UNITED NATIONS, Jan. 10 (Xinhua) -- The United Nations human rights chief on Wednesday condemned an upsurge in civilian casualties in Syria's Eastern Ghouta amid recent escalation in airstrikes and ground-based attacks, noting that at least 85 civilians have been killed in 10 days.
"The suffering of the people of Syria knows no end," said UN High Commissioner for Human Rights Zeid Ra'ad Al Hussein, noting that residential areas in Eastern Ghouta on the outskirts of the nation's capital, Damascus, are being hit day and night by strikes from the ground and the air, forcing civilians to hide in basements.
He stressed that all parties are obliged under international law to distinguish between lawful military targets and civilians and civilian objects.
Since Dec. 31, at least 85 civilians, including 21 women and 30 children, have been killed and at least 183 injured in Eastern Ghouta, where at least 390,000 civilians have been living under siege for four years, according to information gathered by the Office of the UN High Commissioner for Human Rights (OHCHR).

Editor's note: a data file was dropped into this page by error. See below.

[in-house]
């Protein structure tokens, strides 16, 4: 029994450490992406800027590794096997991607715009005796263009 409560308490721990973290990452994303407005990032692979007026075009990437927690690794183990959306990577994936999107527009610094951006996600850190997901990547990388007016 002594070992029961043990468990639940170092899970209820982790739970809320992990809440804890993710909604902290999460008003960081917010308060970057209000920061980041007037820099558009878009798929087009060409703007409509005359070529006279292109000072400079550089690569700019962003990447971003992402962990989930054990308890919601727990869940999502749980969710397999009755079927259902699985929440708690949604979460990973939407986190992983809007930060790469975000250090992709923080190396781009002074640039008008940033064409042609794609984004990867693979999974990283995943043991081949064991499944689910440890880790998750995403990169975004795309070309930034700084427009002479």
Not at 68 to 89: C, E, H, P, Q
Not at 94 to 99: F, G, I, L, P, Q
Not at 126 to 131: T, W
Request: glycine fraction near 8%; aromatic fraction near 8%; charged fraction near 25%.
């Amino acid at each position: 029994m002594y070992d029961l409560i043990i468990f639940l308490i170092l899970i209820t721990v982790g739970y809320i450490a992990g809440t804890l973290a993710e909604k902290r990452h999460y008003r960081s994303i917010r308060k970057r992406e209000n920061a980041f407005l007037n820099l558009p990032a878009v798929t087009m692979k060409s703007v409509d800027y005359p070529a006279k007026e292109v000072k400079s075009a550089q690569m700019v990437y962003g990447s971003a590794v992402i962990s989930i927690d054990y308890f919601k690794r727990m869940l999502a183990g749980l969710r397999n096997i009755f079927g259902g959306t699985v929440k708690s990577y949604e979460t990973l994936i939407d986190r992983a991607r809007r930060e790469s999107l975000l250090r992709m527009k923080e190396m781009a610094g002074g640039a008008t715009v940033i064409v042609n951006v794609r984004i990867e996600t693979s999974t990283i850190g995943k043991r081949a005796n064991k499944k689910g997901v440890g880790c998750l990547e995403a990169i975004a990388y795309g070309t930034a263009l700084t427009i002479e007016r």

On Tuesday, airstrikes and ground-based strikes hit a residential area in opposition-controlled Hamourya, reportedly killing at least 13 civilians. The previous day, two airstrikes and simultaneous ground-based strikes on a residential area near a market in the opposition-held town of Duma reportedly killed 12 civilians.
Armed opposition groups also continue to fire rockets into residential areas in government-controlled Damascus. On Jan. 4, a rocket fired into Old Damascus hit the vicinity of a bakery, reportedly killing a woman and injuring 13 other civilians.
The High Commissioner also noted that the failure to evacuate urgent medical cases from Eastern Ghouta runs contrary to its international humanitarian law obligations to collect, care for, and take measures to evacuate the sick and wounded.
In Idlib, ground attacks and airstrikes have escalated as a rapidly-moving government offensive gains momentum, jeopardizing the safety of hundreds of thousands of civilians, said Zeid, noting that an explosion on Jan. 7 reportedly killed 28 civilians.
Both Eastern Ghouta and Idlib are considered "de-escalation areas" brokered in May by Iran, Russia and Turkey under the Astana process, with the aim to put a prompt end to violence and improve the humanitarian situation.